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Speaking Your Mind Without Being Hurtful

Friends Talking

“If you propose to speak, always ask yourself, is it true, is it necessary, is it kind.” ~Buddha

Many of us allow other people’s opinions to dictate what we believe, value, or perceive. It’s not always easy to stand up for our beliefs and opinions when others, particularly those we care about, constantly bombard us with their views.

You might be thinking, “No, not me! This never happens to me. I’m strong in voicing my beliefs.”

At one point or another, we all conform our opinions, either to avoid confrontation or judgment or because we’re losing faith in what we feel is right.

Ask yourself, “Do I often justify what I believe after engaging in conversations with others? Am I continuously second guessing myself?” If so, you may be losing yourself.

I used to be someone who always avoided conflict with others at all costs. Needless to say, I was passive by nature, and I shied away from standing up for my beliefs.

I would avoid and distance myself from any means of voicing my opinions. In turn, I became submissive and engaged in both romantic and platonic relationships with people who were more dominating in demeanor.

While I lacked the willpower to express my own ideas, I found myself in a state of annoyance and frustration from allowing others to indirectly control my life. Feeling helpless and unaware of who I really was took a toll on my mental well-being.

I longed for the ability to express my thoughts and opinions freely. I craved the feeling of acceptance by others, without judgments being passed.

I deeply admired and looked up to my sister as a role model, one who possessed the internal strength to be truthful to herself and others, regardless of the consequences.

Sometimes my sister would discuss her issues with her friends and seek my advice, perhaps to validate if she was doing the right thing. Sometimes she wasn’t sure if she was coming on too strong and pushing others away because of her honest and strong-minded nature.

She’d often find herself in situations where she would lose friends. Perhaps her honest opinions were too much to handle.

When she would come to me in full-blown tears, asking me, “Why do my friends keep leaving? Why don’t they understand that I am just trying to help them?” I would respond to her by saying, “They don’t want to hear the truth from you, because sometimes the truth hurts.”

Friends who resent one’s openness and honesty are usually, in turn, not worthy of the friendship.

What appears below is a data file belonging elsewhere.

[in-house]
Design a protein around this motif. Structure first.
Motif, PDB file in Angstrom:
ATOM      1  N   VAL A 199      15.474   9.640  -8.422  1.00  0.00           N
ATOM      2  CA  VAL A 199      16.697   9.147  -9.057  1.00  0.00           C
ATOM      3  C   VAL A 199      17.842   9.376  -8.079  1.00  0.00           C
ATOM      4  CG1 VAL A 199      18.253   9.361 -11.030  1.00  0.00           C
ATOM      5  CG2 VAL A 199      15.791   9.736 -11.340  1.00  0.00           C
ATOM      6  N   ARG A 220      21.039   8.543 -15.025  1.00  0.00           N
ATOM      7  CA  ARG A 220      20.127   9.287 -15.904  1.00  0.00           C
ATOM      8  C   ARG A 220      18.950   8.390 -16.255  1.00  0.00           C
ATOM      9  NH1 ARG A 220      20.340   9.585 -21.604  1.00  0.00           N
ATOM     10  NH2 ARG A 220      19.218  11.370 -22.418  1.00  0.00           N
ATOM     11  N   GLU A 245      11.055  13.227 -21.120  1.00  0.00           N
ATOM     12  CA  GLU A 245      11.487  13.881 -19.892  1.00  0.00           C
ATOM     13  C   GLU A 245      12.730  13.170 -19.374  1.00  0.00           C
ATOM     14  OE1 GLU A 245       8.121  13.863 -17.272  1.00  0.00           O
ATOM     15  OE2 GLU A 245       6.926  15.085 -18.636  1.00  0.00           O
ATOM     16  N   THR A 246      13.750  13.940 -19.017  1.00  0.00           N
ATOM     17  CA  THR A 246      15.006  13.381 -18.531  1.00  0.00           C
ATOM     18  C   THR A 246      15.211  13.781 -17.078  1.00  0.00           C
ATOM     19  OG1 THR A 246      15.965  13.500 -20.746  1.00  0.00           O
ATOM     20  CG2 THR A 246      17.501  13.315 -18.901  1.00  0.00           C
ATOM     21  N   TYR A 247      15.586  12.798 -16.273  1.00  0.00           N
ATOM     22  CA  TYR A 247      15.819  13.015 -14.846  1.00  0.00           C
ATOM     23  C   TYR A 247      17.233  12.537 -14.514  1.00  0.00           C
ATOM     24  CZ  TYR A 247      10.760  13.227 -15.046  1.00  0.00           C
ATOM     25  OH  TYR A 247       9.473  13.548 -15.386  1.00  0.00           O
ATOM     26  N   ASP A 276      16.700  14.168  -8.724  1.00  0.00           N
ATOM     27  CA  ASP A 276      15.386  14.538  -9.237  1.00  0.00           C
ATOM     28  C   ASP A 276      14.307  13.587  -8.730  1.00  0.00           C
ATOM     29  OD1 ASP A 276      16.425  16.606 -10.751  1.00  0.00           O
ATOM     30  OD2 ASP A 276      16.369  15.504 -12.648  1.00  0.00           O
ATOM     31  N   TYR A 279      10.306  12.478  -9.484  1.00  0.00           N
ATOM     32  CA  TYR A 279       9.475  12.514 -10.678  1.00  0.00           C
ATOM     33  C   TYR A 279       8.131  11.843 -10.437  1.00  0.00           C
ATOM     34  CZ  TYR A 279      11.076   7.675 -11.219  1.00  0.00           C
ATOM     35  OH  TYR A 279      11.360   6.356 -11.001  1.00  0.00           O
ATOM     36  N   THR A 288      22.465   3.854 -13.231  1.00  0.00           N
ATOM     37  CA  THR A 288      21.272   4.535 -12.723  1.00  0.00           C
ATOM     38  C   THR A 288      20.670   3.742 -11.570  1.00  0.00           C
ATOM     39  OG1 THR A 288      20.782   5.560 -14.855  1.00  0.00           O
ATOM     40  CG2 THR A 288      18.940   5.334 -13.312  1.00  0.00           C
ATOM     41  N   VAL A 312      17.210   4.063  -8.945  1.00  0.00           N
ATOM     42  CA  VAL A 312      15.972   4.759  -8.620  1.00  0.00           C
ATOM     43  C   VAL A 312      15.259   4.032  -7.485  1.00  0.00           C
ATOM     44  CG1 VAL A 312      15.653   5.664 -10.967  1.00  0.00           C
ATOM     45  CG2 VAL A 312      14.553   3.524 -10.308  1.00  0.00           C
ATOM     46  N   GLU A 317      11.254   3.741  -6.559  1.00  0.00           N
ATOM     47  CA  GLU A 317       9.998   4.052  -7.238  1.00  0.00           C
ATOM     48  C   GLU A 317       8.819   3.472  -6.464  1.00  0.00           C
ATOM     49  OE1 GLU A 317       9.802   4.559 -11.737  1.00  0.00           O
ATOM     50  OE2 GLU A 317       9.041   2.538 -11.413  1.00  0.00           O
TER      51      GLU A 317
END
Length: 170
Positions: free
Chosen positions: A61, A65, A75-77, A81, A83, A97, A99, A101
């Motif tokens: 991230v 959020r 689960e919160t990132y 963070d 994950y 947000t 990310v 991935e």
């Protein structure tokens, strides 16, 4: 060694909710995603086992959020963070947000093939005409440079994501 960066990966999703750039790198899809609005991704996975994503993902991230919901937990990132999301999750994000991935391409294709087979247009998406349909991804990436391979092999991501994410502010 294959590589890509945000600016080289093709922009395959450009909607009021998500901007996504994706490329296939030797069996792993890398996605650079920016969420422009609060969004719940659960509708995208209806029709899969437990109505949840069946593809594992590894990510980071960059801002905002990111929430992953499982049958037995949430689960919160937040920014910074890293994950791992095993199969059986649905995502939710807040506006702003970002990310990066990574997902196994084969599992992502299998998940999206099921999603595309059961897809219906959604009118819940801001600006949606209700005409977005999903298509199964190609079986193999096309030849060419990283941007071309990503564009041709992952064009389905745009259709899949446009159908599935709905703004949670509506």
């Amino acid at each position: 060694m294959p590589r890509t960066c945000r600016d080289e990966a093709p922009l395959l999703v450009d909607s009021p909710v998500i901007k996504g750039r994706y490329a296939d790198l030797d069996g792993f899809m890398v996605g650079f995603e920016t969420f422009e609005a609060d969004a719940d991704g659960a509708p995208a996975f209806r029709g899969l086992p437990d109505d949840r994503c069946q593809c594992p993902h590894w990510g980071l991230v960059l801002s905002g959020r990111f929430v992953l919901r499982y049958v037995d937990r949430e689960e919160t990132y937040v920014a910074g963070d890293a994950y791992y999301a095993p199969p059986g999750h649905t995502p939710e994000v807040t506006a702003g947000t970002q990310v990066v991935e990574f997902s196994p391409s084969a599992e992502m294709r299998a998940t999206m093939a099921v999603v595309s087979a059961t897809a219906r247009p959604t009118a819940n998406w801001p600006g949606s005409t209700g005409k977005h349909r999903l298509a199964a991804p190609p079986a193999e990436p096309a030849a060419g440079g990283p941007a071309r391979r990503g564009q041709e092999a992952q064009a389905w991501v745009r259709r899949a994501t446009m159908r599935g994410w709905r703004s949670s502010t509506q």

Looking back at the way I used to be led me to a conclusion. It’s not what you say to others; it’s the manner in which you say it that truly matters.

I finally realized that, although my sister and I had opposing approaches of maintaining our relationships, neither of us was necessarily wrong in the way we went about constructing them.

We often want to give genuine advice or opinions. However, we also need to understand that it’s not always easy to accept the truth. We need to find the balance and set limitations in order to maintain positive relationships.

While I had no problem in maintaining mine, I often felt repressed in terms of being expressive. In contrast, my sister’s strong-minded character eventually caused her relationships to slowly dissipate.

Over the years, I have learned that using appropriate language, word choices, and tone is the key to flourishing relationships.

Speaking constructively and delivering tactful criticism eliminates the chance to pass biases. This also creates a healthy environment and opportunity to grow.

As I’ve matured, I’ve recognized that my opinions actually matter and have the right to be heard. Having said this, I have learned that it is more effective to give an opinion or advice when it is sought.

When I engage in conversations, I always try my best to think before I speak. Then, I contemplate, “Is it worth saying? How will what I say make a difference to this person?”

If I proceed to give my opinion, I then decide, “How can I say this in such as way that it comes across as genuine, yet constructive?”

By nature, we all have the tendency to overreact; it’s important to choose our battles wisely and release the negative energy that surrounds us.

Be real; tell the truth using kind and heartfelt words. Respect will follow.